The weather forecast said today was supposed to be full of a constant rain. To my pleasant surprise, I woke up without the pitter patter of raindrops hitting my tent. This gave me the impetus to break down camp and hit the trail.
One of the really great things about long distance hikes (I hesitate to call this a long hike after having walked 2600+ miles last summer) is that there’s very little planning once you get to the trailhead. All you have to do is walk at a reasonable enough pace to make it to the next resupply point before you starve.
Whether it’s raining or sunny, you still have to trudge through roughly the same distance. And when you’re totally at the mercy of the elements, especially in a harsh environment like in the Arctic wilderness, every minute the weather’s not miserable feels so wonderful.
I started my day with a gentle incline along a muddy trail, the result of last night’s fairly strong rain showers. The trail climbed slowly through the valley into the clouds, which partially obscured the mountain pass I was heading towards.
The cold and periodic light drizzle meant I didn’t want to stop for a break, so I kept on trudging and plopping through the mud until I got to a reindeer fence. I haven’t seen any reindeer yet, but the indigenous Sami people who live here herd them and I’ve heard they’re everywhere further south. There’s a little ladder to climb over the fence, and I take shelter behind a rock on the other side. After eating a bit of my half pound chocolate bar, I get cold. Packing my things up again, I’m off.
The trail gently descends, with a lake in the distance to my left. I eventually approach the lake, finding a little three walled shelter. I duck into it and lay out all my stuff. The Swedish man who was there first is very welcoming, and we talk about his trips to the United States, how Sweden has changed over his lifetime, etc.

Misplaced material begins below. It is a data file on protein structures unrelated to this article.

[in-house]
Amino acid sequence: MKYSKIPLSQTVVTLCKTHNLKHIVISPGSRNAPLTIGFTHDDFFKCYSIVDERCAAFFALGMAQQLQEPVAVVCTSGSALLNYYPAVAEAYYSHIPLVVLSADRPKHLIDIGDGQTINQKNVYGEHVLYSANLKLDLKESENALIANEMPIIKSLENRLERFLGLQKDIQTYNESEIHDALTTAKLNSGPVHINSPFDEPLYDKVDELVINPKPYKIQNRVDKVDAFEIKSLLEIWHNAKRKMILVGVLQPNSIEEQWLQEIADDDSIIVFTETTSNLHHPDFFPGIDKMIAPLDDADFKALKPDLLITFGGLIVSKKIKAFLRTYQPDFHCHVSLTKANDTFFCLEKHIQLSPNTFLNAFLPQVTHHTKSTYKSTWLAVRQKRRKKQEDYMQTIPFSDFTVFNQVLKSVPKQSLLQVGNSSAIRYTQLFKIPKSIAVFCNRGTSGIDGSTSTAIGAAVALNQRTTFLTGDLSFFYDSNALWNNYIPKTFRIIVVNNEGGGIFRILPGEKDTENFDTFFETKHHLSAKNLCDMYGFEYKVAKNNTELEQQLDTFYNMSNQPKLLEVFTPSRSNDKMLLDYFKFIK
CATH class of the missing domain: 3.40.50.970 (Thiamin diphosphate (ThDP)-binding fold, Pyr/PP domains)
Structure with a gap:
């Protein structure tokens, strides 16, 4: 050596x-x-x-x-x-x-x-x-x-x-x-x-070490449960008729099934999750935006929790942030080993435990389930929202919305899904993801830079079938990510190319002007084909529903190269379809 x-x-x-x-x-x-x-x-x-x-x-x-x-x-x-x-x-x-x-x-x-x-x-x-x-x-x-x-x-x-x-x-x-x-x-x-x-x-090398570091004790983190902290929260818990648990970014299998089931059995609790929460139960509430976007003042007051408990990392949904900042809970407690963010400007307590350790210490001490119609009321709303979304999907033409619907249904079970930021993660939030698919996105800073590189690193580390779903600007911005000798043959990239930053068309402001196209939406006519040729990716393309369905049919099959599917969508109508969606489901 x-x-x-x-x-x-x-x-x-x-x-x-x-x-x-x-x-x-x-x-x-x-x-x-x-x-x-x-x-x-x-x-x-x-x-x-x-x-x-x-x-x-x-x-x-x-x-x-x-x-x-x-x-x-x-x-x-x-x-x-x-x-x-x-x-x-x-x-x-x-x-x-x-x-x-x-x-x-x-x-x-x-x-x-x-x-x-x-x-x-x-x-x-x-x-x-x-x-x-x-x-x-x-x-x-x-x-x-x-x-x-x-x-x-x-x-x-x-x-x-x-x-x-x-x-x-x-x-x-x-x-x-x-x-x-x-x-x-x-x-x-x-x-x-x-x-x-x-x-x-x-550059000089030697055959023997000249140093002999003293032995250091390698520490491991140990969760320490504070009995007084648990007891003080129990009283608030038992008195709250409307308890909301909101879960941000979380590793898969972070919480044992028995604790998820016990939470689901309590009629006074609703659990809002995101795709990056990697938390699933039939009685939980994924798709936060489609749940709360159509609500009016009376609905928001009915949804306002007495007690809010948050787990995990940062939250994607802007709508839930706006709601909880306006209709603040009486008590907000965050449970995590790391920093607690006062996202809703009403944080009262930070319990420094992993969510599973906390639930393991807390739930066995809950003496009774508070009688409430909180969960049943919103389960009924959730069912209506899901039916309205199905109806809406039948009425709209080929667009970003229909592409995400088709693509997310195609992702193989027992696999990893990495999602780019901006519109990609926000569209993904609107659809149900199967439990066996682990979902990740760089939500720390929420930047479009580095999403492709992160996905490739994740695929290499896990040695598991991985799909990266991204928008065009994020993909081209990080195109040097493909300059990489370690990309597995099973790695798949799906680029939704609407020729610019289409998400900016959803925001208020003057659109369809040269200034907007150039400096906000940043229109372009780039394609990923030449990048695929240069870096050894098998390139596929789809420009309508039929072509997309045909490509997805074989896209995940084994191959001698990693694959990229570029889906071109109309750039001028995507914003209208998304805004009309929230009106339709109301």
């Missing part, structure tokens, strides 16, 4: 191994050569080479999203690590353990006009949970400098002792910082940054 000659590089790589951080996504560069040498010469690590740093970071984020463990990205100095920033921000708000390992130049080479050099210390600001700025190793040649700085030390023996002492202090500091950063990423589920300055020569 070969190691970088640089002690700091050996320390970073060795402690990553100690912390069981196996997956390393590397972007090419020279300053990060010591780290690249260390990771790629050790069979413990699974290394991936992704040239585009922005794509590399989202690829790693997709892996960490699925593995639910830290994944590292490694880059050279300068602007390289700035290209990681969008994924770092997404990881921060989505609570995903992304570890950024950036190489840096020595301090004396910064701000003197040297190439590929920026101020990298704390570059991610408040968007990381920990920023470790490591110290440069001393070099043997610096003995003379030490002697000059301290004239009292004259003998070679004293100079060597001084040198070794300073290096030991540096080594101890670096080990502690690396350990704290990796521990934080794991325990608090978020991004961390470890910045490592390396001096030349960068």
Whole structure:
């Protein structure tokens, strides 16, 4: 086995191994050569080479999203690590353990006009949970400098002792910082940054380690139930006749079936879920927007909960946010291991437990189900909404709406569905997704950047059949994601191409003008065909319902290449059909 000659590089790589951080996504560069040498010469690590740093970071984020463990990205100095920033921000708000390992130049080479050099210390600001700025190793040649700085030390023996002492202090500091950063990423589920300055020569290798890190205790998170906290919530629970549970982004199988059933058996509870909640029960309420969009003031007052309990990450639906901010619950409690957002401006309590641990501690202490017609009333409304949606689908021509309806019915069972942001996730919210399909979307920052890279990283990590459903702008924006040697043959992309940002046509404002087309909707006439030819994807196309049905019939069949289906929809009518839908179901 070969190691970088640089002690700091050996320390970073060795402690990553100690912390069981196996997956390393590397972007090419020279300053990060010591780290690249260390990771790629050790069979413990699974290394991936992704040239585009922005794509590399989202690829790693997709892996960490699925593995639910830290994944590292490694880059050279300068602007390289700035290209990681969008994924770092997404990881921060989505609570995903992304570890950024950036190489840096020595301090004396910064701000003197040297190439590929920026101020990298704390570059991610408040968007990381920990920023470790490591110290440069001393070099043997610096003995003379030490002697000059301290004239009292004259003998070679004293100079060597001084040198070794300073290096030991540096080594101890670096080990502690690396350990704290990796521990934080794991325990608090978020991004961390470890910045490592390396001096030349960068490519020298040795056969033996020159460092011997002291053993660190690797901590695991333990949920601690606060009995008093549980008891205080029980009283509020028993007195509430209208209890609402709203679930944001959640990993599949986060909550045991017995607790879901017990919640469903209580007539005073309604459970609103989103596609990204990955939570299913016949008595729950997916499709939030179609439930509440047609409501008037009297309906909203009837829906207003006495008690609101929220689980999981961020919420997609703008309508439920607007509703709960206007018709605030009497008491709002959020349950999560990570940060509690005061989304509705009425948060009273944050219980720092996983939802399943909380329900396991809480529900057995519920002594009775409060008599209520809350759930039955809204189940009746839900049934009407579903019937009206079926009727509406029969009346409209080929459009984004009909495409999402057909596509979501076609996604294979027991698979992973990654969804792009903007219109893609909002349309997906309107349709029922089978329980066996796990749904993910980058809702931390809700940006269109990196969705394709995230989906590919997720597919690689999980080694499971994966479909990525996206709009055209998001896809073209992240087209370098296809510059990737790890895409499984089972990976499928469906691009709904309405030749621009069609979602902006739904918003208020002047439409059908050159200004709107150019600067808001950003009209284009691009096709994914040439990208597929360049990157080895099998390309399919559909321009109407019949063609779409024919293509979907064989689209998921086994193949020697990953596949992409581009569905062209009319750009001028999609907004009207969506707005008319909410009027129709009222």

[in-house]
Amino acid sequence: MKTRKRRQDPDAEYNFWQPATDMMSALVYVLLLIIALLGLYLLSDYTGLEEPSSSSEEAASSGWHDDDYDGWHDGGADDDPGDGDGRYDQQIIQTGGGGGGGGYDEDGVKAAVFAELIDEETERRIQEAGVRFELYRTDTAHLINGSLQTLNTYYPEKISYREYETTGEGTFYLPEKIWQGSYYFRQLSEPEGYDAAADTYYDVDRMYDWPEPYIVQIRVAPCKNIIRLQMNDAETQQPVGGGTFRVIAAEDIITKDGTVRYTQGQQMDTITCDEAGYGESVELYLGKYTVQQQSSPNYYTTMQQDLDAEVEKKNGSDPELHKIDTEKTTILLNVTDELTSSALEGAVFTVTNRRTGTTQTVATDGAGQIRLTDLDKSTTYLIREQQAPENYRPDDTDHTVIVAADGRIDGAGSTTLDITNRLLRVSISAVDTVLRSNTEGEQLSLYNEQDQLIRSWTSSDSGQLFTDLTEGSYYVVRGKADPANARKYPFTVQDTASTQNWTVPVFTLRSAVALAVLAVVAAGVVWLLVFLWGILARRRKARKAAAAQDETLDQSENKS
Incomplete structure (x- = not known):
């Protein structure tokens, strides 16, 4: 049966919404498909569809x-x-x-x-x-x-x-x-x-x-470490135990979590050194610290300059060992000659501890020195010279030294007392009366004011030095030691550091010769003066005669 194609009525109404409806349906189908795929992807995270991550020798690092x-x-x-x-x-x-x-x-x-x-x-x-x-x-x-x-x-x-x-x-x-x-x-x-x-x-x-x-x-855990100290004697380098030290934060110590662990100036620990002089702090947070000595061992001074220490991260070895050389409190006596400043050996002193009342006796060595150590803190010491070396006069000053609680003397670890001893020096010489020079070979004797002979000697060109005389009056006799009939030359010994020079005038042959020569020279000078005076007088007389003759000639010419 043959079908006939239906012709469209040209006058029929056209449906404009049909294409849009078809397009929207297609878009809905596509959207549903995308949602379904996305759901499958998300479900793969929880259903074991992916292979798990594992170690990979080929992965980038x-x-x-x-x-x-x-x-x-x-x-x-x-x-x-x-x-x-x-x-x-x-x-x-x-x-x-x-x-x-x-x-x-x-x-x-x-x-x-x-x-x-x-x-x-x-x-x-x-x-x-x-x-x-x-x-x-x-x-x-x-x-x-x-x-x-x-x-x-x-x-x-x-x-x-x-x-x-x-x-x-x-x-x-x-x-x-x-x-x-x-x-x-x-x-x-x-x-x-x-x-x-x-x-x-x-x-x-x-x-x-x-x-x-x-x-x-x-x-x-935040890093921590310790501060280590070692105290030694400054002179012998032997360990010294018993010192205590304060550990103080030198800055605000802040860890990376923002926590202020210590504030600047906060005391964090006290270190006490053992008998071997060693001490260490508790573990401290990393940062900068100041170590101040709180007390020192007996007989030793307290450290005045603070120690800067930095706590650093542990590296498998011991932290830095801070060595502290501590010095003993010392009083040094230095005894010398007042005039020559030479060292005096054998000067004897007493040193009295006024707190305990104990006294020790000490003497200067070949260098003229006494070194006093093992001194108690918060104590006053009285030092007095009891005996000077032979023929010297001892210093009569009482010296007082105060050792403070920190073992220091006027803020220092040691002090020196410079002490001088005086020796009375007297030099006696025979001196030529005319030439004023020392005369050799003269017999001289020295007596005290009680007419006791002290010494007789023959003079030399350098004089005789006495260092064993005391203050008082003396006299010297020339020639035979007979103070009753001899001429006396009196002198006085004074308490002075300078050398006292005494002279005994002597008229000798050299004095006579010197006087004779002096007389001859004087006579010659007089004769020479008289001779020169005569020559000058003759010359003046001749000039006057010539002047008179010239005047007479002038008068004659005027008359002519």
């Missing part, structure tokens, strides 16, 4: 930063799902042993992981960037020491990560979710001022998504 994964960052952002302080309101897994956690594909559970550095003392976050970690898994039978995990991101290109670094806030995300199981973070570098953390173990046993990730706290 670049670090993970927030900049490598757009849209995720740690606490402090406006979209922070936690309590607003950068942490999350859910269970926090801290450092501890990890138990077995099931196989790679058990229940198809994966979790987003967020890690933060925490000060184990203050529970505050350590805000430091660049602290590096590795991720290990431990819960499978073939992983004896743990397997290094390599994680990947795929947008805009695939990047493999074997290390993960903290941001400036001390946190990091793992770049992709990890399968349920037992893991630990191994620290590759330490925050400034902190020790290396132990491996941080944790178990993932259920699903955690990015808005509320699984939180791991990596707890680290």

A much younger Swedish couple enters. It’s really cool that I’ve mainly been meeting and interacting with Swedish people (99% from Stockholm) out here. It’s so different from Iceland, where it seemed like most people had never left their hometown. The couple is not really interested in talking about anything other than how cold and tired they are, and how they just want to take the boat to the hut rather than walk the 4km. The older Swedish man leaves, and I shortly follow his lead and hike the 4km to the next hut.
I don’t stop because the rain has started, and instead keep walking to stay warm. I walk and walk and walk, periodically checking the GPS app on my phone to see how far I’ve gone.
After crossing a bridge I lay down my pack and sprawl out on my sleeping pad, letting my feet air out. I’ve stepped in numerous puddles and my shoes and socks are fairly wet, which isn’t that huge of an issue. It’s uncomfortable and bothers me way more than it in all reason should, though the socks can take some time to dry. But the synthetic wool of my Vermont Darn Tuff socks keep me warm even when wet, so it’s really not a big deal. The former AT hikers on the PCT swore by these, and I have to admit they’re my favorite sock company now.
My dreams of resting and drying out my things are ruined by the drops of water falling on me, and I hurriedly pack everything back up again. I don’t make it far before checking my position to find that I’ve gone 17 miles already, which at 6pm with a late start I’m more than fine with.
If I go any farther I’ll have to camp at a higher elevation, which I’m loathe to do because of the cold in the morning. In less than two hours of walking time I’ll be at a mountain pass, the highest point on the trail at around 1100 meters. I don’t have the willpower to go over the pass, so I decide to call it a day here.
The campsites along this trail are superb, and it takes me all of three minutes to find one adjacent to a stream.